Poems by Anna Maria Bacher
Puneigä, for soprano, flute, clarinet, french horn, cello and percussion
Induuchlen, poems by Albert Streich
Induuchlen, for countertenor and natural horn
Ma'mounia, for percussion and five instruments
Sylvia Nopper (soprano), Kai Wessel (countertenor), Anna Maria Bacher,
Albert Streich (recitation), Olivier Darbellay (horn), Matthias Würsch (percussion),
Swiss Chamber Soloists / Heinz Holliger.
ECM New Series 476 3977
ECM continues its championing of Heinz Holliger with this disc of vocal and chamber works. Most significant is Puneigä (2002), a song-cycle for soprano and six players to poems by Anna Maria Bacher. Written in Walser German, a language spoken only in the Pomater valley on the Swiss/Italian border, its inscrutability goes with a lilting quality that invites musical treatment: 10 brief yet evocative poems separated by four interludes that range from the visceral to the rarefied; the songs charting a gradual progression from violence and fragmentation to exquisite poise. Soprano Sylvia Nopper is readily enticing, and Holliger draws a fastidious response from his ensemble.
Inhabiting an even more interiorized world, Induuchlen (2004) comprises four settings by the Swiss dialect writer Albert Streich for natural horn and a countertenor, whose full resources are called upon in an ethereal interplay that employs a wide range of timbre and intonation. As often with Holliger, complexity of syntax is balanced by a spatial quality that gives these songs an elemental vastness belying their sparseness of gesture. Countertenor Kai Wessel and hornist Olivier Darbellay are dedicated exponents of music that discreetly rewrites the rules for fusing voice and instruments.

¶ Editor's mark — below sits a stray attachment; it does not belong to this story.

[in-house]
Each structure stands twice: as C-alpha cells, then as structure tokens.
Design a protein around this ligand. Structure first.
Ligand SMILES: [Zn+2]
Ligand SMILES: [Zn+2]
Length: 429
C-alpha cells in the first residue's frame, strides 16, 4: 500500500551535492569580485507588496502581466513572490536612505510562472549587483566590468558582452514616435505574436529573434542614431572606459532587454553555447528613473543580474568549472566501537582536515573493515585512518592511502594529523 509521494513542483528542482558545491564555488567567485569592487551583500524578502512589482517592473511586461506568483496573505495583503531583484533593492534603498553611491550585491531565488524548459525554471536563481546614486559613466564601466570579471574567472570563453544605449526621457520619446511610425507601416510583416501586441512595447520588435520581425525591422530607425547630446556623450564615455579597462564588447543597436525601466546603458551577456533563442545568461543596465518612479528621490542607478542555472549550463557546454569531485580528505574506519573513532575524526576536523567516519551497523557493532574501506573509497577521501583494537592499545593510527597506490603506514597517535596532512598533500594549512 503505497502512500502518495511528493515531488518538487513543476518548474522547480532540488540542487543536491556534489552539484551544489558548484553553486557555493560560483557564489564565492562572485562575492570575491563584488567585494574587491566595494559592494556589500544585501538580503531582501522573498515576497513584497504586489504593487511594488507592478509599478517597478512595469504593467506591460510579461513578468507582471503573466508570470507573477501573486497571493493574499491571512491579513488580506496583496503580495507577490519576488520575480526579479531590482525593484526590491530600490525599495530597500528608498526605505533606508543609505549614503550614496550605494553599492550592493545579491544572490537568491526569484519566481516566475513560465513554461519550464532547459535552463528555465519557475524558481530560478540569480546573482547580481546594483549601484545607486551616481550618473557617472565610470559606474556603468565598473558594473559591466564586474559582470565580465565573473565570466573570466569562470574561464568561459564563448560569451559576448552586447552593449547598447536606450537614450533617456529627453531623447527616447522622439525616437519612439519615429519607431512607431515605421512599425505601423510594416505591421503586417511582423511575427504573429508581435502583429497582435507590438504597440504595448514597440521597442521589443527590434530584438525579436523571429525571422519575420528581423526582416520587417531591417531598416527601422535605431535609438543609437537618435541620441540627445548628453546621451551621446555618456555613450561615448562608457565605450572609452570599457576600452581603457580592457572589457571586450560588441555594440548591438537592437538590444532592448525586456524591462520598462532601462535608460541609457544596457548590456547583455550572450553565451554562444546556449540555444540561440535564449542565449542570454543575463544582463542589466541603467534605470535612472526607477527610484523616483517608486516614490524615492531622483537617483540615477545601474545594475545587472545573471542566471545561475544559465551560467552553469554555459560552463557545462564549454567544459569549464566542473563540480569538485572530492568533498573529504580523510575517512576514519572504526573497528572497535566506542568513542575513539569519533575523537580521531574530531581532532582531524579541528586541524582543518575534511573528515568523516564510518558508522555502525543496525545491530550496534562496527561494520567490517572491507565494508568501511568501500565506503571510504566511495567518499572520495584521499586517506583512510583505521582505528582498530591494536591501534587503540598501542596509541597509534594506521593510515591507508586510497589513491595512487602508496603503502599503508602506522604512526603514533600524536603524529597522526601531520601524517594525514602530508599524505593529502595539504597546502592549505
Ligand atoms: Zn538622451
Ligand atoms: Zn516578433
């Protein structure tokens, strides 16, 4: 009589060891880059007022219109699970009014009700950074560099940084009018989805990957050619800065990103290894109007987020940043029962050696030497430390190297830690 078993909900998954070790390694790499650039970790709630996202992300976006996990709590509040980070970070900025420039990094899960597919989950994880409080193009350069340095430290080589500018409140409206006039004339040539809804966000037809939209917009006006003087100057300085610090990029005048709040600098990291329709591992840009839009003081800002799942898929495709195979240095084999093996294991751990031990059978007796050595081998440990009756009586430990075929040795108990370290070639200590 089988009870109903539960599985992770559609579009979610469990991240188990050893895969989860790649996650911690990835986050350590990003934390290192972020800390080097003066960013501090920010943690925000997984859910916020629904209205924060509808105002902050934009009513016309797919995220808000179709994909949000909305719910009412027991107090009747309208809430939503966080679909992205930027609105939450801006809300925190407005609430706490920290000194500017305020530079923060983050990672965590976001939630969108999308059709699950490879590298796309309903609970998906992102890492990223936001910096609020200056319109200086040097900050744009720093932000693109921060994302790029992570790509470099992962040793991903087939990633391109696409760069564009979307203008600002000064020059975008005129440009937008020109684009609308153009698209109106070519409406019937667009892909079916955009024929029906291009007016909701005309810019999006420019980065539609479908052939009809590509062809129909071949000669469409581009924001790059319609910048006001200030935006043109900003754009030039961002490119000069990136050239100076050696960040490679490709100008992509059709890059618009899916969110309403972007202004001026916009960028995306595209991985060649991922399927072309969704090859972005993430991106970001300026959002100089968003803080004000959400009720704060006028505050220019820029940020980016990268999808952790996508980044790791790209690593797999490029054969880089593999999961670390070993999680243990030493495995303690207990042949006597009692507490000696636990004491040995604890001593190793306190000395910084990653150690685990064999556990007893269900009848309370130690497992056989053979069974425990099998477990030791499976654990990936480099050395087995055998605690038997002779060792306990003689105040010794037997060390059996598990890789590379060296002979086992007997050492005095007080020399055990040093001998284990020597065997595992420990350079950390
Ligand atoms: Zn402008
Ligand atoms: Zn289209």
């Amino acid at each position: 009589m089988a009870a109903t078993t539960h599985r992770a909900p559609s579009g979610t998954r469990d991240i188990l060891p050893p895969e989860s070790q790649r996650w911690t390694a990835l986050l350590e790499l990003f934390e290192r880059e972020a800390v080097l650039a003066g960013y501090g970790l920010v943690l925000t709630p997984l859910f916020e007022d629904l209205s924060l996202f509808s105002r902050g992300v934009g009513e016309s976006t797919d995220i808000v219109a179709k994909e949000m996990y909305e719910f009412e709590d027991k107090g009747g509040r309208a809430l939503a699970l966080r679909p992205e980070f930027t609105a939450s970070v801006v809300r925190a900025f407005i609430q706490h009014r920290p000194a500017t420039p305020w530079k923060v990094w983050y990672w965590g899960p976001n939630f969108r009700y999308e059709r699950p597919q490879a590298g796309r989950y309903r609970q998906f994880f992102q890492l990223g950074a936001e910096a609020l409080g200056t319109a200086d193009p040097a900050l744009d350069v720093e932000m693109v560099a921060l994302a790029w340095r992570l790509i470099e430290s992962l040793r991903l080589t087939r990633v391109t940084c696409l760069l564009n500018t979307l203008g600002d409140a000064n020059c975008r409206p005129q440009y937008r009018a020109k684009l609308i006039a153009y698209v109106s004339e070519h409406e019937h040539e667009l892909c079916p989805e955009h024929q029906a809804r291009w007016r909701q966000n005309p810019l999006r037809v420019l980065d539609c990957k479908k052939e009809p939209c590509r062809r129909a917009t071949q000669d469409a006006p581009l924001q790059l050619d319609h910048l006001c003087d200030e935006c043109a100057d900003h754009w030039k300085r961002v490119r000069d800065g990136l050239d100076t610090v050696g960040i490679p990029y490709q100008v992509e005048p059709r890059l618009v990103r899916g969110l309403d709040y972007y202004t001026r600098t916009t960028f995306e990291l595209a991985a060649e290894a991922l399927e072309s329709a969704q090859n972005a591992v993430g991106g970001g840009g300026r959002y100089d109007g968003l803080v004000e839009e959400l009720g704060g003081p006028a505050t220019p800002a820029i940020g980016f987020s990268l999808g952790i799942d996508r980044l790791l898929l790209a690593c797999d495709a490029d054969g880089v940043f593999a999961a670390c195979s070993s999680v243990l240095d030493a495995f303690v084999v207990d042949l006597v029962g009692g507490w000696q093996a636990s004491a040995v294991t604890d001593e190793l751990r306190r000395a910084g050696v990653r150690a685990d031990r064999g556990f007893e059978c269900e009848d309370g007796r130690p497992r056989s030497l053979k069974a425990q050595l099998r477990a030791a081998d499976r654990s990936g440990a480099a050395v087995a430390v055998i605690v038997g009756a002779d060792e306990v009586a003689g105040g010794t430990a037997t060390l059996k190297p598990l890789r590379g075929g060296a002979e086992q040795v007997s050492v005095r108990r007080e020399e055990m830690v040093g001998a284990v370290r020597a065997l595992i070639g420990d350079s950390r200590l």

As to the instrumental works, Toronto-Exercises (2005) is four contrasted pieces for a diverse quintet which ranges from luminous immobility to canonic writing of dizzying speed and velocity; Ma’mounia (2002) is an eventful workout for percussion and five instruments whose conspicuous virtuosity is the only concession to its origin as a competition piece. Percussionist Matthias Würsch compels attention in a work that rounds off another absorbing collection from a composer whose inventiveness knows few bounds.
Michael Kunkel’s booklet note has been readably translated, but only German versions of the poems are offered: perhaps they are otherwise resistant to translation, or perhaps Bacher’s and Streich’s readings of their own poems provide all of the cognitive information one needs.